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Peer reviewed journals

Work related injuries in Washington State's Trucking Industry, by industry sector and occupation.
Smith C. Williams J. Accident Analysis and Prevention, 2014. Click here for the complete article.


Assessment of perceived injury risks and priorities among truck drivers and trucking companies in Washington State.
Spielholz, P. et. al. Journal of Safety Research, 2008. Click here for the complete article.


The information provided on the linked sites is solely the view of the authors and does not reflect the official views of SHARP and / or L&I.

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Revive your safety training with the interactive tools below

Prevent falls from ladders
Based on the true story of a driver painfully injured from rushing down a ladder.
Fall from ladder

Fatal crush
Use this true story to prevent similar incidents
Crush Prevention

Chaining up
Find the safety gear that the driver is using!
Chain up

Lever vs. Ratchet
Is there really a good reason to switch from a tool that has gotten the job done for years?
Load binders

Lifting heavy items can cause injuries to your back and shoulders over time. The driver demonstrates the pros and cons of getting the tarp on the flatbed.


Prevent slips
Slips, trips and falls cause many injuries in trucking. Changes in footwear, tasks and environment matter. Test your knowledge by clicking the slip simulation below.
Friction simulation

Jump Force
Know the forces involved in exiting your truck cab or trailer. Try our force simulator: Click here to access..
exit game

Partner news

TIRES: Helping to Reduce Work Related Injuries in the Commercial Trucking Industries Published in Northwest Transporter, Vol 16, Issue 1, Winter 2013.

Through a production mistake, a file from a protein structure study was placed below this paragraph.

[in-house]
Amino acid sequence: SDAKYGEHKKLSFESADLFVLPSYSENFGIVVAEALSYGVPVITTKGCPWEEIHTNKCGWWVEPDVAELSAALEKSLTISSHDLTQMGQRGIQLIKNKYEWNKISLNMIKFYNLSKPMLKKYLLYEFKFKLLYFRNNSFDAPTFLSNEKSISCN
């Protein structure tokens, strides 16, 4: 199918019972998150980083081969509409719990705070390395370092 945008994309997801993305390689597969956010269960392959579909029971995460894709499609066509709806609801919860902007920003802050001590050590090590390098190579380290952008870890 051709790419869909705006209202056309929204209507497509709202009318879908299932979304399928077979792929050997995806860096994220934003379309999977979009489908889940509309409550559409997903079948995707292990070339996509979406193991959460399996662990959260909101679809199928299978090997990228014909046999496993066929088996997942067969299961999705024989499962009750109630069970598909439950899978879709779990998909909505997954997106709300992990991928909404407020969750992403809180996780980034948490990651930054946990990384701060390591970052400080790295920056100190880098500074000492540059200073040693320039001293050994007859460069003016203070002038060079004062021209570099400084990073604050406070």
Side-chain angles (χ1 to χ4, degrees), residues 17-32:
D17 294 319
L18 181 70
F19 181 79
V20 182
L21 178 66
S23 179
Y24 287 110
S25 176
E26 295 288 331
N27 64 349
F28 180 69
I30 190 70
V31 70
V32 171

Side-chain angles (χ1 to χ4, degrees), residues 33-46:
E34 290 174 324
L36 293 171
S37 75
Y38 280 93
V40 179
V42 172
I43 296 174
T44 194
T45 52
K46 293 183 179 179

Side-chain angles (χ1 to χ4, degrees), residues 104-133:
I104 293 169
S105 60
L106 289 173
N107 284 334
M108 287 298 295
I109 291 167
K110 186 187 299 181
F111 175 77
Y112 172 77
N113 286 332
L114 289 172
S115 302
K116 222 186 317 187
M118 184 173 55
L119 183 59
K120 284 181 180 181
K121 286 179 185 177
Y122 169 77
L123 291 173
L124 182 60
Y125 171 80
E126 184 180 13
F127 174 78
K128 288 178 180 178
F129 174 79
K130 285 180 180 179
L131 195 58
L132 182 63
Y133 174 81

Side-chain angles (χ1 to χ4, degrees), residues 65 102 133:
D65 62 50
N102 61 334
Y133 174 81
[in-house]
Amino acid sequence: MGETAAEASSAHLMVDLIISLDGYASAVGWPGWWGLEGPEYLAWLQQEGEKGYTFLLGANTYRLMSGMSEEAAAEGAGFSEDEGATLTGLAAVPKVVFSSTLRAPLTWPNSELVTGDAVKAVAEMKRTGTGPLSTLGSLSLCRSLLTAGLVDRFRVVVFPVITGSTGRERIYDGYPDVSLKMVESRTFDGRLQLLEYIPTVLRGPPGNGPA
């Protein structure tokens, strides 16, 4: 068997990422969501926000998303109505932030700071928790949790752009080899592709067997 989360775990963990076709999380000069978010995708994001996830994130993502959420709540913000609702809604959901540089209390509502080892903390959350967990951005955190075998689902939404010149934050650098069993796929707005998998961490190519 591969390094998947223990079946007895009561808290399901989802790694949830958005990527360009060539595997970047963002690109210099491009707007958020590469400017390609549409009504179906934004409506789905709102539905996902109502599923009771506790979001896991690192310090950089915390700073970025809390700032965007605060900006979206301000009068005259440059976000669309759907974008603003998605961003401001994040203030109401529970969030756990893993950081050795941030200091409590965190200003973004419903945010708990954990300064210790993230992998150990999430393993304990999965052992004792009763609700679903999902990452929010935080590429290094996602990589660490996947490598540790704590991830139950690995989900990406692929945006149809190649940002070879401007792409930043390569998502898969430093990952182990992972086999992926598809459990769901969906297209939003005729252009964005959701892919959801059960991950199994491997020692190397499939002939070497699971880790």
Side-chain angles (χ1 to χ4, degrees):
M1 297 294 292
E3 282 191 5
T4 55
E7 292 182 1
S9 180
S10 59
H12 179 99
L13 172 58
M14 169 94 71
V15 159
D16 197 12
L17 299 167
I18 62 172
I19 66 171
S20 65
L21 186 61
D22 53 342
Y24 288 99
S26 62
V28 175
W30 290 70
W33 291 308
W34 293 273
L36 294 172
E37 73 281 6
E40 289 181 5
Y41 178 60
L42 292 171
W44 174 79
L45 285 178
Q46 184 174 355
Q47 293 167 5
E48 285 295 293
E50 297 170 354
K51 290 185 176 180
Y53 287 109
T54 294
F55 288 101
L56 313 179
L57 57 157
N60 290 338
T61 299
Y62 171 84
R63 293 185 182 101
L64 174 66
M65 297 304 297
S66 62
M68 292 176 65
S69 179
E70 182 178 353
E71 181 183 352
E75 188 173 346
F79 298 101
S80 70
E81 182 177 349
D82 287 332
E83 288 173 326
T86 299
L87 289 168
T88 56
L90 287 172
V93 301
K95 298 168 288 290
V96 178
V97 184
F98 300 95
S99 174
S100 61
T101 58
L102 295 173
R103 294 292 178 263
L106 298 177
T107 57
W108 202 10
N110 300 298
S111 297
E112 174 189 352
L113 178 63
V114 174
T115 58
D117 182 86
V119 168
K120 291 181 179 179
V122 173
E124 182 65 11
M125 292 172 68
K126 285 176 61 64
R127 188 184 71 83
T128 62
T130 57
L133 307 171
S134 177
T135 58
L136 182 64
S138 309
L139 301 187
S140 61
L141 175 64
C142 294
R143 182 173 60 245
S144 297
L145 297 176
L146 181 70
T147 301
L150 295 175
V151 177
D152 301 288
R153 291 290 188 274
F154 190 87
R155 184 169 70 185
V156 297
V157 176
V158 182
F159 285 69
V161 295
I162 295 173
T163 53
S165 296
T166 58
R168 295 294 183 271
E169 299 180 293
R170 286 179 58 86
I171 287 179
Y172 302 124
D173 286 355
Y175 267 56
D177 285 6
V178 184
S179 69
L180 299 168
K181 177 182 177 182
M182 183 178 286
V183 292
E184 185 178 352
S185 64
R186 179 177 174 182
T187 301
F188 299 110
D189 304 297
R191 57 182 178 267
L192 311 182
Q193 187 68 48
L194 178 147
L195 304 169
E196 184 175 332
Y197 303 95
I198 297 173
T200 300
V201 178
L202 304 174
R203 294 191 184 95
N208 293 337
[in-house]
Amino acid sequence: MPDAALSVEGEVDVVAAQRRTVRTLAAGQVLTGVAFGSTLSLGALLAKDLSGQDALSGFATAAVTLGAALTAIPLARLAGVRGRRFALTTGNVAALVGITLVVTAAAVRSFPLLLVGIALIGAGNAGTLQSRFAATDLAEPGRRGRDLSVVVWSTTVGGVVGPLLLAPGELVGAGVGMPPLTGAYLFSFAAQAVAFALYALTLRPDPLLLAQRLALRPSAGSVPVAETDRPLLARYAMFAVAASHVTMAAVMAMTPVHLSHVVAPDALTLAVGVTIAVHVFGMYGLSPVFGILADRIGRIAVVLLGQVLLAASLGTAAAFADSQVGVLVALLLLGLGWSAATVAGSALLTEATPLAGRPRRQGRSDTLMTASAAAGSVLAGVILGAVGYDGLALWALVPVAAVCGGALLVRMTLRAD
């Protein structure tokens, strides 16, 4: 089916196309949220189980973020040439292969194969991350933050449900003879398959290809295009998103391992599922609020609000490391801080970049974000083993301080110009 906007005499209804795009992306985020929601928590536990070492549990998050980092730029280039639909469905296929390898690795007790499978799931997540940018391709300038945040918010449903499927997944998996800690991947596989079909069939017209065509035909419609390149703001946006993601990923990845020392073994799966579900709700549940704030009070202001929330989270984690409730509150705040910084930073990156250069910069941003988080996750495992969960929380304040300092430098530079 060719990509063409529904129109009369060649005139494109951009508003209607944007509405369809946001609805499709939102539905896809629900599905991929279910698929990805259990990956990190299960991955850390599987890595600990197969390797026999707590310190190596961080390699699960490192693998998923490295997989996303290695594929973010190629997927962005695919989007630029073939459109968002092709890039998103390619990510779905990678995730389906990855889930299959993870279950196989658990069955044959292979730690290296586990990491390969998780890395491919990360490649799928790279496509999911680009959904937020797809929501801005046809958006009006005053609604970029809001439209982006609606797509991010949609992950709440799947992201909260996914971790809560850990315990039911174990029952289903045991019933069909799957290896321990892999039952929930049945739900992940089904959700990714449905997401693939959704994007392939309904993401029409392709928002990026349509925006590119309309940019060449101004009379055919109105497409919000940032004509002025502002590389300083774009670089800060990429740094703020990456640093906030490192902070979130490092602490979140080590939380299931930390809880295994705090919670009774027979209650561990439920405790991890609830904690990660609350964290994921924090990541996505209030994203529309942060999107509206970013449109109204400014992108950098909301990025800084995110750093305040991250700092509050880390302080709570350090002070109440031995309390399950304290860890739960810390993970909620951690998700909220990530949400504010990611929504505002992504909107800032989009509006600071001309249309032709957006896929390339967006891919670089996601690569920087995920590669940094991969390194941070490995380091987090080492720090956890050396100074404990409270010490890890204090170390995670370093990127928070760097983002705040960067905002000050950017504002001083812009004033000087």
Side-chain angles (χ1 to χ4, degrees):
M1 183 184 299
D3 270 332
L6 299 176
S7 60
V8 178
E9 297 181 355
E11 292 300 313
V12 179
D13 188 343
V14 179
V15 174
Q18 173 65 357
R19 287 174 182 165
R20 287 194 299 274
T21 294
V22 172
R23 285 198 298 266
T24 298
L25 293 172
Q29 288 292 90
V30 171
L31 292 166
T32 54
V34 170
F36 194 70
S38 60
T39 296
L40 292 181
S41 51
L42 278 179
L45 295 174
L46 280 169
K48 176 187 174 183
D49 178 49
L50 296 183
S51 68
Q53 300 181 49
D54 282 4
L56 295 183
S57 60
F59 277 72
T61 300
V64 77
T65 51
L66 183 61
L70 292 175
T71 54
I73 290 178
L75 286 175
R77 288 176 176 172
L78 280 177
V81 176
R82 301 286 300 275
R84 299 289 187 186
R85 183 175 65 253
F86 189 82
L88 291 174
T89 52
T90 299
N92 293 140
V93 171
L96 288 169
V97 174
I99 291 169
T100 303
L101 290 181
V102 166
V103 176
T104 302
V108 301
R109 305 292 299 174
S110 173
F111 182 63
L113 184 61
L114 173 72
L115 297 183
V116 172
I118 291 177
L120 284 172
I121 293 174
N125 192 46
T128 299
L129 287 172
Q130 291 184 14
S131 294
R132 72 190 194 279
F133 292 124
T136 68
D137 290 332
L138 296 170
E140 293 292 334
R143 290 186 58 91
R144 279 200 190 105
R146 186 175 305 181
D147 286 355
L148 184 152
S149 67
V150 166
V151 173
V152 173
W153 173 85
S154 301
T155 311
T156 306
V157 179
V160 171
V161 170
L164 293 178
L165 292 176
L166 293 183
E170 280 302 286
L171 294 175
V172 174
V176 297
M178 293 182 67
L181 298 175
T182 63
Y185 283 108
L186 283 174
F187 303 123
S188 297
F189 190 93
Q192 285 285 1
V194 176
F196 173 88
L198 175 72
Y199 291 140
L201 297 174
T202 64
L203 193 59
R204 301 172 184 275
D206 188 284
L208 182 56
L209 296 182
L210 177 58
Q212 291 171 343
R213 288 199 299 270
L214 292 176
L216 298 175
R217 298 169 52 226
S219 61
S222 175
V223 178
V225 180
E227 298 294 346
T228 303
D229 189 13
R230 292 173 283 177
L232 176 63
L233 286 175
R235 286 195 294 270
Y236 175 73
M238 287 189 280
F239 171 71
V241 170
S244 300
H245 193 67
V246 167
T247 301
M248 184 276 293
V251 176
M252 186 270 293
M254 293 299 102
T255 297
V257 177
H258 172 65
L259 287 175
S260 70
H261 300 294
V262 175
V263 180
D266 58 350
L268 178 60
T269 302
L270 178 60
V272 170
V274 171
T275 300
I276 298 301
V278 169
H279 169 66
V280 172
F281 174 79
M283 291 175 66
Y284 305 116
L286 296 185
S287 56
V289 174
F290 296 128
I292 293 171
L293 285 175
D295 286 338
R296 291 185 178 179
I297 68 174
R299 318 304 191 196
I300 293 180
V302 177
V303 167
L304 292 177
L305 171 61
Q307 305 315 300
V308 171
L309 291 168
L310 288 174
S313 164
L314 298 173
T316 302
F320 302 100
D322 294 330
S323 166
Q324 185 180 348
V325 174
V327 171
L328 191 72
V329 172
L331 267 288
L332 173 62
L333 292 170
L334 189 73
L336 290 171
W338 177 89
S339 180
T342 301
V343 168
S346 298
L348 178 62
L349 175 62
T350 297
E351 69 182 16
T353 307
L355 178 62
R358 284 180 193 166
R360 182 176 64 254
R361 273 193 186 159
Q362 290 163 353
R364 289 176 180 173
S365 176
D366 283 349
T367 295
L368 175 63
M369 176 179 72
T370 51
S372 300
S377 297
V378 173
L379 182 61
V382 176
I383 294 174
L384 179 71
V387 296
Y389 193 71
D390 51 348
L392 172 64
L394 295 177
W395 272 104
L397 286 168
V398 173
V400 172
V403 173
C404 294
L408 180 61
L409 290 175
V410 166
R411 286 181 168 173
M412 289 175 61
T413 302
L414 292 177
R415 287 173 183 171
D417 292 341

Don't Jump! Published in Transport Topics Online, November 2011.
Risk - Part of the Job? (85 KB) Published in The Route, September 2010.
Even on Foot, Trucking is Risky Business Published in Transport Topics Online, June 2009.

Safety Plan

Take time to review your APP

Click for more information on safety plan (APP) development (194 KB)

How to develop an effective safety committee (305 KB)


Incident Investigation

How to investigate an incident (263 KB)

Incident investigation checklist (201 KB)

Index of safety plan (under construction)

Check out Washington's workers' compensation Rates Watch for information on why it's important to manage your workers' compensation claims.


Tune up your safety plan

First, look back over the previous year and review the activities you carried out. Then, to keep your safety program effective, review the past year to make sure that your program includes best practices and then see what you might need to add.


Were new employees:


What about your safety committee or safety meetings? Did you document the issues your employees brought up and track them to resolution? Were minutes of the meetings prepared and attendance taken? Each of these activities demonstrates management’s involvement and support for safety.


Does your safety program need changes? Based on research on distracted driving, the U.S. Department of Transportation recently banned texting while driving a truck or bus. Does your company have a policy on this and other forms of distracted driving? If not, perhaps now is the time to draft one and implement it. Ask your drivers to give you feedback on the policy to make it better.


You could just continue with the status quo for your safety program, but then your program falters and becomes harder to maintain. Just like keeping your fleet in tune for best performance, a tune up of your safety program keeps it effective.